Problems with Google’s personalized search

The world of SEO goes all crazy in some sort of riot / protest after Google announced the personalized search results for signed-out users.

First of all, let me say – I told you so, I told you so! I noticed Google rolling out this thing a long time ago, I think my first post on the topic was near the end of the 2008, when Matt Cutts announced what to expect from Google in 2009. It was here for some time, it’s not like they are just throwing it out blind, Google always tests things before going on a large scale implementation.

Now, my post about SEO ranking reports making no sense whatsoever gains extra value. If you didn’t read that one you most definitely should.

The thing with big changes is, it always has some things people will like and some things people will hate. In this case, most of the discussions I’ve seen in the SEO community are extremely negative and hate the idea of Google introducing personalized search results to the singed-out users.

The main problem appears to be that strong branded websites with big audience will become even more powerful and it will become virtually impossible to outrank them on their “home field”. This is very true. Search engine traffic for small publishers and other small players will probably start decreasing.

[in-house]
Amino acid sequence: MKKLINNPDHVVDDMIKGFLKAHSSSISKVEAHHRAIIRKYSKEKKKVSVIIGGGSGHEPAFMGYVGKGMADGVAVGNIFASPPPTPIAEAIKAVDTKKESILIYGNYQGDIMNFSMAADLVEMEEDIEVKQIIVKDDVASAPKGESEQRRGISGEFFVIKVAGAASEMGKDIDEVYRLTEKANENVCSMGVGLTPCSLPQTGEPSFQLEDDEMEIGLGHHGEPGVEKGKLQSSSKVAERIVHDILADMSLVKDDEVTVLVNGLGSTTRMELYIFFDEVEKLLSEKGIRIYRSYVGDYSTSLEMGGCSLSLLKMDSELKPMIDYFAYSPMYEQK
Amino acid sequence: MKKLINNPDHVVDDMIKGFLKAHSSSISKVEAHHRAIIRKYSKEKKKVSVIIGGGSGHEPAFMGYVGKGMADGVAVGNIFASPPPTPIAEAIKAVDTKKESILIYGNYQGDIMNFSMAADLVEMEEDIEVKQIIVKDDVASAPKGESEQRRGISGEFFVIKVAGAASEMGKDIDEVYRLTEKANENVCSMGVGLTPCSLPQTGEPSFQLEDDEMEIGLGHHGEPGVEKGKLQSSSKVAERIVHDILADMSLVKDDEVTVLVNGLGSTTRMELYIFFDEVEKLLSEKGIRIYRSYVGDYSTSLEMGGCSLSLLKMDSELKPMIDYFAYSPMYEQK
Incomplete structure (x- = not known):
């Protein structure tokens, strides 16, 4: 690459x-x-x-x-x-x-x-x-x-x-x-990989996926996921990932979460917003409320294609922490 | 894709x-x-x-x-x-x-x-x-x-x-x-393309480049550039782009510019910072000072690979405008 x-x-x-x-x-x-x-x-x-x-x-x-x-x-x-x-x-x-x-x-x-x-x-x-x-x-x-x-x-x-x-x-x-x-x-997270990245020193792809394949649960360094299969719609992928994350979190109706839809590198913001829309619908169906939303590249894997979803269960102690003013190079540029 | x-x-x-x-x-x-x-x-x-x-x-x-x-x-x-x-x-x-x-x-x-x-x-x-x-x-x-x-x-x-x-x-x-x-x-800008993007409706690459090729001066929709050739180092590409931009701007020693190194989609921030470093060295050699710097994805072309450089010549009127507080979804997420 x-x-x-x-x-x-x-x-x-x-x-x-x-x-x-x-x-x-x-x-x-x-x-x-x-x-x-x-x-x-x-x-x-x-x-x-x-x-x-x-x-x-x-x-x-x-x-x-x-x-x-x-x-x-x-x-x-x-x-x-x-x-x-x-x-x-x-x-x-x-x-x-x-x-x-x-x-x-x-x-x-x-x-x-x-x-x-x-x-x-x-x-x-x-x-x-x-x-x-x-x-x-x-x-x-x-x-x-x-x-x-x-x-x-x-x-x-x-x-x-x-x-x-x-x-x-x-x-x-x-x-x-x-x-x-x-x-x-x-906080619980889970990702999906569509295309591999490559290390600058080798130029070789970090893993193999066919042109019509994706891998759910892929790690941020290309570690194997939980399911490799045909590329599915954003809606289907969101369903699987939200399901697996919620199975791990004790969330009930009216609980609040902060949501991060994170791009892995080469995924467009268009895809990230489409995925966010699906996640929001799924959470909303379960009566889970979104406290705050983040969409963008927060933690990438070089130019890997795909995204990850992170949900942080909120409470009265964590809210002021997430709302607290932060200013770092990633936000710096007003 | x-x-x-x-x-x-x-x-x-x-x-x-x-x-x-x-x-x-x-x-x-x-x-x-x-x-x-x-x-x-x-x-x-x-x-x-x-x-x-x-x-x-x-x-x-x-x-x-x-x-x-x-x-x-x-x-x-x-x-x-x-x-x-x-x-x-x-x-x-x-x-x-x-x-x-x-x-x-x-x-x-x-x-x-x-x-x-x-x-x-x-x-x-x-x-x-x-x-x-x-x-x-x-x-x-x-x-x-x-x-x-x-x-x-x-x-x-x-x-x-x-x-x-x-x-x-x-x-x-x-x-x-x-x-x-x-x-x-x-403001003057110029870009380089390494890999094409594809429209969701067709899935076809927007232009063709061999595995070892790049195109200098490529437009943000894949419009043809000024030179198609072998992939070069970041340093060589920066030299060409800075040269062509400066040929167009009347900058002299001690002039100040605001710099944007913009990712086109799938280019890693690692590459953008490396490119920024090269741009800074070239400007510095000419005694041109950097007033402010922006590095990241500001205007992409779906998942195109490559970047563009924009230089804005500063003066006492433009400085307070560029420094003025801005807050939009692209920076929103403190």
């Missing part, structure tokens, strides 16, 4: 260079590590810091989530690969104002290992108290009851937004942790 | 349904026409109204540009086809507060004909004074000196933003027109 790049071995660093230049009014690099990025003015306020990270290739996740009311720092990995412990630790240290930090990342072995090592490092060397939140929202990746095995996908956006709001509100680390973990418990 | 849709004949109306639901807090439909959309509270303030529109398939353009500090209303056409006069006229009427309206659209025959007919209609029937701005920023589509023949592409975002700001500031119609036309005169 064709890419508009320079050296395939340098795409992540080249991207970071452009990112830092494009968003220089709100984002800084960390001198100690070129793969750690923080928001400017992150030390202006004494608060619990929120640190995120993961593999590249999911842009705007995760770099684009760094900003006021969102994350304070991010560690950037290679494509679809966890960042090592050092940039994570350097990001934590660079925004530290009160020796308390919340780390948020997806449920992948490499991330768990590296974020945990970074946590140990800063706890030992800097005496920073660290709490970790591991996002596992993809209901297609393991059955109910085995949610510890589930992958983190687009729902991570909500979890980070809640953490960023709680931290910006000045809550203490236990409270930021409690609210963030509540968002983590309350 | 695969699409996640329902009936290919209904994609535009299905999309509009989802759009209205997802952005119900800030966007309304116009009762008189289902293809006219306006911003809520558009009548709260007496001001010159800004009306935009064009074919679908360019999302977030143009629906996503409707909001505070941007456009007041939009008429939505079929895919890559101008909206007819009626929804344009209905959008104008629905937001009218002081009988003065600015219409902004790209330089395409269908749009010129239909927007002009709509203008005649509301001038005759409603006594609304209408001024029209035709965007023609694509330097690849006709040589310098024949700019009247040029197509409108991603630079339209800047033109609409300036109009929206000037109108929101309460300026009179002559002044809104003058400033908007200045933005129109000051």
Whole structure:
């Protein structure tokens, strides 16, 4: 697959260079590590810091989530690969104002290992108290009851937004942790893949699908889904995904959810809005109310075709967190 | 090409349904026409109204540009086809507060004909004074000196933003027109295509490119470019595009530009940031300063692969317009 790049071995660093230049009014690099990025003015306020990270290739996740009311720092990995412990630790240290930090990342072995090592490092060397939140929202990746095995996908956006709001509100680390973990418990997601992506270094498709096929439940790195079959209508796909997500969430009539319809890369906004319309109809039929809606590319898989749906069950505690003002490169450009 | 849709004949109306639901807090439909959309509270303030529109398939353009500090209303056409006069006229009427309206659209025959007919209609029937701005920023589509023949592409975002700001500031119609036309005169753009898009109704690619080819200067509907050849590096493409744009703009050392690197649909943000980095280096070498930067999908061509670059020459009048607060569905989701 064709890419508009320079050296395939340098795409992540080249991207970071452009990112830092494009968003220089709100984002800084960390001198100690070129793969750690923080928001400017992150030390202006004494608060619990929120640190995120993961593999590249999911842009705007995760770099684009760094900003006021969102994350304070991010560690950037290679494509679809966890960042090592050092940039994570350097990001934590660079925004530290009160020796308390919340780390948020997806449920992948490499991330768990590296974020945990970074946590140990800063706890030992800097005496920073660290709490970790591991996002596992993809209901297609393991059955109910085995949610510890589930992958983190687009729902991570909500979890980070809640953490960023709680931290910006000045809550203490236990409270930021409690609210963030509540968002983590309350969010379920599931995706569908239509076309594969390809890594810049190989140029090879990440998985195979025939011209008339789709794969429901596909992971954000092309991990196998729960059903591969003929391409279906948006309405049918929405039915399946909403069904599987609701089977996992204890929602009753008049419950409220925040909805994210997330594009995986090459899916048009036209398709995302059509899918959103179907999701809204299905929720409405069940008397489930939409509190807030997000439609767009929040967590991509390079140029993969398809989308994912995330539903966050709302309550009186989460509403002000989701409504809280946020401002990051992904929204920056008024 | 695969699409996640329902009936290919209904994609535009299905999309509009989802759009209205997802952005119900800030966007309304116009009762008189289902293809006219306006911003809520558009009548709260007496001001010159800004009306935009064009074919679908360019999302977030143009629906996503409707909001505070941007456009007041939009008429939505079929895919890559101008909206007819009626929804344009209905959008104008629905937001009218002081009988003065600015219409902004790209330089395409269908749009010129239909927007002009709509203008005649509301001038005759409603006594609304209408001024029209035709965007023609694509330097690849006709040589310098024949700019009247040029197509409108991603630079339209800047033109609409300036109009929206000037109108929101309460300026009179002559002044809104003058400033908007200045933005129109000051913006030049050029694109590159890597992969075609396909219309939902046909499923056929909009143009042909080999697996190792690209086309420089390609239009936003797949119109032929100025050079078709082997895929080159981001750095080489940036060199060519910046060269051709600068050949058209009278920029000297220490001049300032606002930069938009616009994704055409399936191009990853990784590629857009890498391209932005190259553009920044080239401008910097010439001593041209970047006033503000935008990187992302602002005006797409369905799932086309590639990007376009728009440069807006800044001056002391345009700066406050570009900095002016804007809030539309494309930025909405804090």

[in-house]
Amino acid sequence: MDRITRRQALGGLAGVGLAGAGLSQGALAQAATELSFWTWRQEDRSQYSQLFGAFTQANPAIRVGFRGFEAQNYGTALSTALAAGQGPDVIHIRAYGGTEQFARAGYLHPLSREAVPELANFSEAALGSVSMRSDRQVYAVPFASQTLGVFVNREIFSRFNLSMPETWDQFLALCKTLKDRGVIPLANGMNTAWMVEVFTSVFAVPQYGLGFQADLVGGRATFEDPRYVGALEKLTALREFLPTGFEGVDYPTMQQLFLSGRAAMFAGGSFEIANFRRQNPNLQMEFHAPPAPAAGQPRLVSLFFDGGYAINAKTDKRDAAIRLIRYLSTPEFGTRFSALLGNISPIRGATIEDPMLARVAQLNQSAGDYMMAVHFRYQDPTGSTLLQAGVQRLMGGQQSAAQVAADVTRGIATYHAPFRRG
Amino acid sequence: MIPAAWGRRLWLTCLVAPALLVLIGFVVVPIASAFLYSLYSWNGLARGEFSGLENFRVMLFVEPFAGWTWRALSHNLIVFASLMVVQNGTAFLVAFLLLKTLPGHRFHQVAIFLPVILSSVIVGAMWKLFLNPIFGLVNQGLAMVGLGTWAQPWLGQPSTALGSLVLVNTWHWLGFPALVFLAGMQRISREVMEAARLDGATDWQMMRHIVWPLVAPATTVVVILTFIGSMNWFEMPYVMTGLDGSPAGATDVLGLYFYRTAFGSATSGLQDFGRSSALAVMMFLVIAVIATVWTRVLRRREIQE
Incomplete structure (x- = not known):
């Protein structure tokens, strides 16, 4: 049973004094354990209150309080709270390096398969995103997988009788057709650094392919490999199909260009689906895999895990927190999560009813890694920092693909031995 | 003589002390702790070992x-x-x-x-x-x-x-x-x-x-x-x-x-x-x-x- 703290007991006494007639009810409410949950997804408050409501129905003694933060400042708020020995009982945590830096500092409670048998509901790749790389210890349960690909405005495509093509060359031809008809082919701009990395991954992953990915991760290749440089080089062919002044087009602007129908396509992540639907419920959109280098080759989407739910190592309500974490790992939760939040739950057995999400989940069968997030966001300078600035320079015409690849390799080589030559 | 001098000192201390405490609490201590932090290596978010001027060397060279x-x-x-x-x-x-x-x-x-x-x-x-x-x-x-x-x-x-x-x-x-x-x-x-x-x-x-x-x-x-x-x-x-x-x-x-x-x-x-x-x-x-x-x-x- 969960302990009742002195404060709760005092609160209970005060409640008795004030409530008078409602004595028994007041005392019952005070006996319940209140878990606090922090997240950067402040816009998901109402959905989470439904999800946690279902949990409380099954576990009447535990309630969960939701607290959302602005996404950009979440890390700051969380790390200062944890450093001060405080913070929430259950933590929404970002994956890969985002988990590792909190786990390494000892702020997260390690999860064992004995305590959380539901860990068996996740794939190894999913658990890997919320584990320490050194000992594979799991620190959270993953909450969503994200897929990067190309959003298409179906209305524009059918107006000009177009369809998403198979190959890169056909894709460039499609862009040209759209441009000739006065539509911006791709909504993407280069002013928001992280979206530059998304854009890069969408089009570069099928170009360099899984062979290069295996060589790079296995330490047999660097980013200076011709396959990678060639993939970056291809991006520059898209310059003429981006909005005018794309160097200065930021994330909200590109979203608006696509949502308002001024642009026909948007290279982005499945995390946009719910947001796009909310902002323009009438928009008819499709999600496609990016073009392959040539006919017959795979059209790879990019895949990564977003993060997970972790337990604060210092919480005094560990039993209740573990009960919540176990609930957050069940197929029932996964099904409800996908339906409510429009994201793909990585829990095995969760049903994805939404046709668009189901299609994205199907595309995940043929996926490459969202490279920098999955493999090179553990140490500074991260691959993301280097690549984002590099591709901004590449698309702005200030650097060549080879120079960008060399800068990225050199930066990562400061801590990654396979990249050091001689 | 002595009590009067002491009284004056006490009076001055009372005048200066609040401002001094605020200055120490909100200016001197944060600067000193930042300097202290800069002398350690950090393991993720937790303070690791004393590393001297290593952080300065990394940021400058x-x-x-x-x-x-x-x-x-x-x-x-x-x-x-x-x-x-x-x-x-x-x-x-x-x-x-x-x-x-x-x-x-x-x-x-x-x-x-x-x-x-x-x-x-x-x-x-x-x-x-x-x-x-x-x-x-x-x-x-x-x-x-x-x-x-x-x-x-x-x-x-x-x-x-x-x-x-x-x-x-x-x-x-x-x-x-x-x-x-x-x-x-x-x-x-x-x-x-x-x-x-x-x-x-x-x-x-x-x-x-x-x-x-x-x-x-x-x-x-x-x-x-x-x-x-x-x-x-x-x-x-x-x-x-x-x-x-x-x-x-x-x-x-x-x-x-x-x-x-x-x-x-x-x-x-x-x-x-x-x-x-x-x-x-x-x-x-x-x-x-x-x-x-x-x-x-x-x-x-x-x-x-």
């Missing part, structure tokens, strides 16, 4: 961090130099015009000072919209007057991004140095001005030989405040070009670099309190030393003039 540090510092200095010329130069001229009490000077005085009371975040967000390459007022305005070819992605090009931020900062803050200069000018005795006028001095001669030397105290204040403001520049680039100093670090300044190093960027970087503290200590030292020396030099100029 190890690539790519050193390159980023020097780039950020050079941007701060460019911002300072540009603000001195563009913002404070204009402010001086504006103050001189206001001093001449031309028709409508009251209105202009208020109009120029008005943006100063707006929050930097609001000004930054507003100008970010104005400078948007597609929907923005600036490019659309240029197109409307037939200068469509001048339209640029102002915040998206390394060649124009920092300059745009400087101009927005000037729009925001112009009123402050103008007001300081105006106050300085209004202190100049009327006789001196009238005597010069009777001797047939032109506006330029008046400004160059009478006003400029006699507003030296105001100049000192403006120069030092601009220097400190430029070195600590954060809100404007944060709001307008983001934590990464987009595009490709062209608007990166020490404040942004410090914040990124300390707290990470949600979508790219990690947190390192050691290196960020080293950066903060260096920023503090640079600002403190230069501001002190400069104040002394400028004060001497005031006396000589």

However, this problem also brings you the solution. Without personalized search you had no chance in competing with super high competition keywords in which big brands dominate the market, but now you do!

You don’t need to outrank them with classical SEO methods anymore. What am I talking about?

Social Networks – the solution for all of your “small player” SEO problems.

You have the ability to capture visitors via social networks and convert them into the ones that will prefer your site in search results over the big brands.

You’ve always had the ability to become visible to them via social networks, but now things have changed, now you have the ability to become visible to them on search engines using the social networks.

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